Wednesday, April 28

Oh, Laz-ar-us!

I love John 11:43 in the original Greek Text. Before I share why I love it, let’s go back to the beginning of the story.

On the south-eastern slope of the Mount of Olives, approximately two miles east of Jerusalem, and on the road to Jericho, sat the little town of Bethany, home of the family Jesus deeply loved…Lazarus and his two sisters Mary and Martha.

When Lazarus became gravely ill, Mary and Martha sent word to Jesus, “Lord, behold, he whom You love is sick.”

“When Jesus heard that, He said, ‘This sickness is not unto death, but for the glory of God, that the Son of God may be glorified through it.’” Yet, He did not leave but stayed where He was for two more days.

Jesus told the disciples that Lazarus was dead and added, “I’m glad I wasn’t there, for now you will really believe. Come, let’s go see him.”

When they neared Bethany, they learned that Lazarus had been buried four days before.

Martha heard that Jesus was on the outskirts of town and went out to meet Him. “Lord, if You had been here, my brother would not have died. But even now I know that whatever You ask of God, God will give You.”

Jesus told her, “Your brother will rise again.” Martha thought that Jesus meant Lazarus would rise again in the last day resurrection.

Explaining, Jesus said to her, “I am the resurrection and the life. He who believes in Me, though he may die, he shall live. And whoever lives and believes in Me shall never die. Do you believe this?”

She answered, “Yes, Lord, I believe that You are the Christ, the Son of God, who is to come into the world.”

Martha then went to get Mary and said, “The Teacher has come and is calling for you.” Mary jumped up and ran to find Jesus. Finding Him, she fell down at His feet, weeping and said to Him, “Lord, if You had been here, my brother would not have died.”

When Jesus saw the tears streaming down her face and heard the cries of the other mourners with her, He “groaned” in His spirit. “Groaned” in Greek usually means to be angry or indignant, or to reprove severely, as violent agitation of mind. But here, it is that inward agitation of grief. He was deeply disturbed at seeing the sorrow of others.

When they took Jesus to Lazarus’ tomb, the depth of Jesus’ sorrow became evident, for “Jesus wept.”

Jesus told some of the men to remove the stone from the entrance to the tomb. Martha said, “Lord, by this time there is a stench, for he has been dead four days.”

Here is my very favorite verse, “Jesus said to her, ‘Did I not tell you and promise you that if you would believe and rely on Me, you would see the glory of God?’” (v40 Amp)

As they rolled away the stone, Jesus lifted His eyes and prayed. (Now, we come to the verse I mentioned at the beginning.) Then, Jesus yelled out, as it says in the Greek, in a ‘megas’ voice, “Lazarus, come forth!”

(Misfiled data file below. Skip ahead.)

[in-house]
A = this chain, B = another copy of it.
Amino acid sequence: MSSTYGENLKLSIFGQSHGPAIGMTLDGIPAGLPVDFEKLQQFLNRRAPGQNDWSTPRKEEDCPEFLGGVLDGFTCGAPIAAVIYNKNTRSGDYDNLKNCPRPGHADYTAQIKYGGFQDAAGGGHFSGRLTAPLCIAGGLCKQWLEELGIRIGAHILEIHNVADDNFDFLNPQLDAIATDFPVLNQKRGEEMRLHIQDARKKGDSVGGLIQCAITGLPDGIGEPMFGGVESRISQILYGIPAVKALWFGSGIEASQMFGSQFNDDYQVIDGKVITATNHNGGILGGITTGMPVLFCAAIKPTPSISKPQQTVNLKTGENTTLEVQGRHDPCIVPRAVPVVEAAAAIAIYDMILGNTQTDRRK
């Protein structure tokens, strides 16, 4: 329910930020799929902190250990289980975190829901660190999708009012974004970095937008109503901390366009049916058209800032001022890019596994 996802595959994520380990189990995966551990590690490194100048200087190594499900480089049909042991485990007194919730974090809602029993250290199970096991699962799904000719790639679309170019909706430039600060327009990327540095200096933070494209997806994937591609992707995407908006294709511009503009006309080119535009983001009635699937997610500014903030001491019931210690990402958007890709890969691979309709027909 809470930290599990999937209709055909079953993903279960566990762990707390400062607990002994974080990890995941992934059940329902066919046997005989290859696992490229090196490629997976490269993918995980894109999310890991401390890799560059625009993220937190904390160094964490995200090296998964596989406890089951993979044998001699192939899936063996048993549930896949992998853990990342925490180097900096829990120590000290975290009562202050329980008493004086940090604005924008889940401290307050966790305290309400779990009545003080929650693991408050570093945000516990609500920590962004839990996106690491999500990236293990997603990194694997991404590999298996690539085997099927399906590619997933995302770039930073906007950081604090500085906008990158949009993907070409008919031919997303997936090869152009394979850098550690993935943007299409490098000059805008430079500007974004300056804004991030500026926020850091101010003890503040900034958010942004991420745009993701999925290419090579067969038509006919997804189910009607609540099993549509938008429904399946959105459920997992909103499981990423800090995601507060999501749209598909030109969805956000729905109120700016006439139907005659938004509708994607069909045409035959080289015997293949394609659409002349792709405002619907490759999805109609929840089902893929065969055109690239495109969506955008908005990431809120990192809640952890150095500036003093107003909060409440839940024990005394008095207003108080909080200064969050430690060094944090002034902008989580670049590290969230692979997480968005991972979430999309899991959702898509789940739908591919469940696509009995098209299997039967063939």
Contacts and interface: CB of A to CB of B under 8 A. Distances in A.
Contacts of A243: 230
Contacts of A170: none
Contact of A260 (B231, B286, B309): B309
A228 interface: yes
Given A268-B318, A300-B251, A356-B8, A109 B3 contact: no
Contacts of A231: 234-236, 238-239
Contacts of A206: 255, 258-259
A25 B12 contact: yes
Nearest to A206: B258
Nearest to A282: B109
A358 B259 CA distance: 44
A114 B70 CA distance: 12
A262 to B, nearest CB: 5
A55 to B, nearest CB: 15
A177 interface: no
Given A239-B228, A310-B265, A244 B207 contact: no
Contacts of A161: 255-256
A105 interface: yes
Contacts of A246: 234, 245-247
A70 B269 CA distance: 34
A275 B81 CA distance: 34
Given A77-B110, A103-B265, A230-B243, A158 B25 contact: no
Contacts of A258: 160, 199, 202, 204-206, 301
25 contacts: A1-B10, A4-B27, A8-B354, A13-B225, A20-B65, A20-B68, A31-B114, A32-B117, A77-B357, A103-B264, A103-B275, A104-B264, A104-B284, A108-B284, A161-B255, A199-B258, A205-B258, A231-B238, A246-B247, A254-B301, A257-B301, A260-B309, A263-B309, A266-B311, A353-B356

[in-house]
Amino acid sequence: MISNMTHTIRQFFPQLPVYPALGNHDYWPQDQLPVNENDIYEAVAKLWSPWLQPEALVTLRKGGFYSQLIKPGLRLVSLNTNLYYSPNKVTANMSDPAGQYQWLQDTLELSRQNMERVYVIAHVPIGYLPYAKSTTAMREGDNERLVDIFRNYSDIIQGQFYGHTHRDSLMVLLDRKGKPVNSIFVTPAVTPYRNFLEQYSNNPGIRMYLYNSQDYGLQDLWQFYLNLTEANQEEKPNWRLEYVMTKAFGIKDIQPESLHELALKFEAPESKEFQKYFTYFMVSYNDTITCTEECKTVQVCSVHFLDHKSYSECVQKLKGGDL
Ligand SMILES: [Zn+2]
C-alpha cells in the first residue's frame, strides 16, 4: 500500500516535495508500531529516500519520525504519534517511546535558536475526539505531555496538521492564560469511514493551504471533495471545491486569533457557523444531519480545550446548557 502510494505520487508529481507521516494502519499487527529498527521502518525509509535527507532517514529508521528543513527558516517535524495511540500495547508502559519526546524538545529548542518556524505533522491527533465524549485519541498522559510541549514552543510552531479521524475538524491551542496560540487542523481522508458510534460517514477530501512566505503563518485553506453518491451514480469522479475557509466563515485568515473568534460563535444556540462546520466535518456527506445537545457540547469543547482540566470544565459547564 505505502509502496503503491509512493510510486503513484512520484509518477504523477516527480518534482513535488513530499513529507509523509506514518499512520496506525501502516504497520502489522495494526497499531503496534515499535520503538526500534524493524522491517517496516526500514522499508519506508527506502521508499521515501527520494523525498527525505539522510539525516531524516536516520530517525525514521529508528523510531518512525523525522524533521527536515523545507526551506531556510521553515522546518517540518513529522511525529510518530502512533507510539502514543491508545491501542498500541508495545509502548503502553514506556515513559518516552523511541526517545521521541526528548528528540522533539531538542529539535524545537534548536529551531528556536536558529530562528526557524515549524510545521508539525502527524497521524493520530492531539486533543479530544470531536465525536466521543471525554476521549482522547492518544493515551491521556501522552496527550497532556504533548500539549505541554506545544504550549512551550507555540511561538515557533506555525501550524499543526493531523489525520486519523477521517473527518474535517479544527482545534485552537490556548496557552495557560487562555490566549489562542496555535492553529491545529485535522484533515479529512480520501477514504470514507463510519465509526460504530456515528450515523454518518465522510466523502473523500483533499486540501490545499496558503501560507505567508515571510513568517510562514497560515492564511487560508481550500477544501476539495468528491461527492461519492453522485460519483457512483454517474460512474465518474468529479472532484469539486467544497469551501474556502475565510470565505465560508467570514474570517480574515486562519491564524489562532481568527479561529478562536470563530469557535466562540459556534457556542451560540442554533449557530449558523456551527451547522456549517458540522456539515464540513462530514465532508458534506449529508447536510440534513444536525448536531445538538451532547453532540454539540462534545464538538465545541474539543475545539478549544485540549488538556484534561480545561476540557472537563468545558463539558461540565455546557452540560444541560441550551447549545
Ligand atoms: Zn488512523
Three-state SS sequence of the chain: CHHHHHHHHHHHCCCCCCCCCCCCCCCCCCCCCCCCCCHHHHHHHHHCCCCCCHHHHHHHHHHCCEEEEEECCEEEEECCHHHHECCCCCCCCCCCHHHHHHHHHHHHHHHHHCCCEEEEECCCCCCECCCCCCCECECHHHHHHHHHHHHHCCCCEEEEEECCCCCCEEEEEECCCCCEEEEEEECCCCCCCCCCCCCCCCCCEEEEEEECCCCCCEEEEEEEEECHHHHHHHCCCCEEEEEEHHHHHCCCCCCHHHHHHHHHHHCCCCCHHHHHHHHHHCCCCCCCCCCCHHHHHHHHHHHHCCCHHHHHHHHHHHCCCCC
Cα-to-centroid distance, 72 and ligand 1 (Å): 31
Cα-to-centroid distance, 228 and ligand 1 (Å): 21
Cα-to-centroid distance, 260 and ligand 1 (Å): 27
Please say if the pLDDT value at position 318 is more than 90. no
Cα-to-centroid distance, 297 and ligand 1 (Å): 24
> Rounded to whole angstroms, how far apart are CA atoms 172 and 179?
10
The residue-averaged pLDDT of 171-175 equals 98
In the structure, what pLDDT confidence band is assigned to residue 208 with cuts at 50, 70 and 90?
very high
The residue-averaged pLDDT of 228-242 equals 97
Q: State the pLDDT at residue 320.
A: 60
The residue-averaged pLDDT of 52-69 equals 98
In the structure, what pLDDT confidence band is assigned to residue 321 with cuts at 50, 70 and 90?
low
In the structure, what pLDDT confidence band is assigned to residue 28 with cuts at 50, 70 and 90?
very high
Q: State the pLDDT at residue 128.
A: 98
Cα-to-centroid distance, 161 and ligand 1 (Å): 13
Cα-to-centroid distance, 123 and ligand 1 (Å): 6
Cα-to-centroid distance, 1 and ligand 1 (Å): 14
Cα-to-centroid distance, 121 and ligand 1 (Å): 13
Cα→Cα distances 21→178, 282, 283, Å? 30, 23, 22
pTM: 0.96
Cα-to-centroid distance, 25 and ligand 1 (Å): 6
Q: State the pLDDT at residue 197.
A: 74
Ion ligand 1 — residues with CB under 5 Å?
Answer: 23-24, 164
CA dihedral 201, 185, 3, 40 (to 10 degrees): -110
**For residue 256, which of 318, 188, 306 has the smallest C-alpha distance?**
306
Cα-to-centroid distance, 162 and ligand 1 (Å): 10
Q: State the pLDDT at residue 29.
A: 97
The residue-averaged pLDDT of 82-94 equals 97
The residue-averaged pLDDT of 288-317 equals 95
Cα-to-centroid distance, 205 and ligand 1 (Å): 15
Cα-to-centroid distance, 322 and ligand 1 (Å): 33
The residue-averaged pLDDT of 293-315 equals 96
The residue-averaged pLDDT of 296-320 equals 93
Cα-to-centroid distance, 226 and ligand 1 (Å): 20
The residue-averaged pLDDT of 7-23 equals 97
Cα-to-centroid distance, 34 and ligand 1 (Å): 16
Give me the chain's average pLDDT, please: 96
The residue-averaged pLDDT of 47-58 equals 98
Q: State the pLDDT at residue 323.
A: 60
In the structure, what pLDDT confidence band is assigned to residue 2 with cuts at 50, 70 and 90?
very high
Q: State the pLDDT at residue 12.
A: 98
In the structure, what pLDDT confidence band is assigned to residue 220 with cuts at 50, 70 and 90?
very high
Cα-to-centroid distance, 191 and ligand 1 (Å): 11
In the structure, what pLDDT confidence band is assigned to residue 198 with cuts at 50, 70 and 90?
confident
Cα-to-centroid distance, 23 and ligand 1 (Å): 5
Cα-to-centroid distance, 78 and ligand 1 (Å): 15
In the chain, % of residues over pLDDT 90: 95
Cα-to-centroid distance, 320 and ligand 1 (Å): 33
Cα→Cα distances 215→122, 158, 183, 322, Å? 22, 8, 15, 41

I love looking up the original meanings of the Hebrew and Greek words in the Bible as they give a greater depth to the insights of a verse. What Jesus said was this, “Lazarus! Here! Outside!”

Can’t you just see Jesus pointing His finger at the tomb and then at the ground, stomping His foot, and commanding in great resolution and power that Lazarus come out and join Jesus?

However, what we fail to realize is that when Jesus stood before all the tombs that day, He had to yell, “Lazarus!” If He had not, every one of the bodies buried there would have come out with him!

So, out hobbled Lazarus, wrapped head to foot in his burial cloths. Jesus said to those around Him, “Take off the grave clothes and let him go.”

I love this story. It reminds me of a friend who prayed desperately for her brother to be released from his grave of darkness and come out into the Light.

Jesus loves each one of us just as much as He loved Lazarus. He weeps that death separates us from Him without His salvation. He gives us a Lazarus-call, beckoning us to come out of our darkness into His Light.

When we hear His call, do we stay in our darkened tomb, wrapped in our stinking death cloths, or do we shed them and come out to join the Light of Life? Will God be glorified?

“Did I not tell you and promise you that if you would believe and rely on Me, you would see the glory of God?”

5 Responses
  1. Wow Lynn... Wow!!

    This is a great post!

    Praise God and I thank Him for the reminder to join Him the light of life.

  2. For what it's worth, three thoughts:

    1) I've wondered if perhaps everyone misunderstood, and he was actually grieved (aggravated, etc.) to the point of weeping because nobody--not even Mary--believed him.

    2) "Lazarus" wasn't that uncommon a name--probably several were buried there. You know when it's you Jesus is talking to, whether he uses your name or not--and I suspect he did it for the benefit of the onlookers.

    3) Recalling that exiting the grave put Lazarus on some people's "assassinate this guy" lists, I wonder what the rest of his life was like.

  3. Sally Says:

    This story is a moving portrait of the relationship Jesus had with Mary, Martha and Lazarus. I believe we, too, can have such a relationship.
    An interesting thought, what was the Lazarus' life like after this?

  4. Dawn Wilson Says:

    You made the story come alive, Lynn.
    We all had a Lazarus moment when we passed from death to life--and it's all because of Jesus. Glory!

  5. Thanks Lynn for this timely post! I was at a funeral Thursday morning and this was the text for the message. And this passage is also part of my personal testimony of coming to Christ. So it's a favorite of mine too :)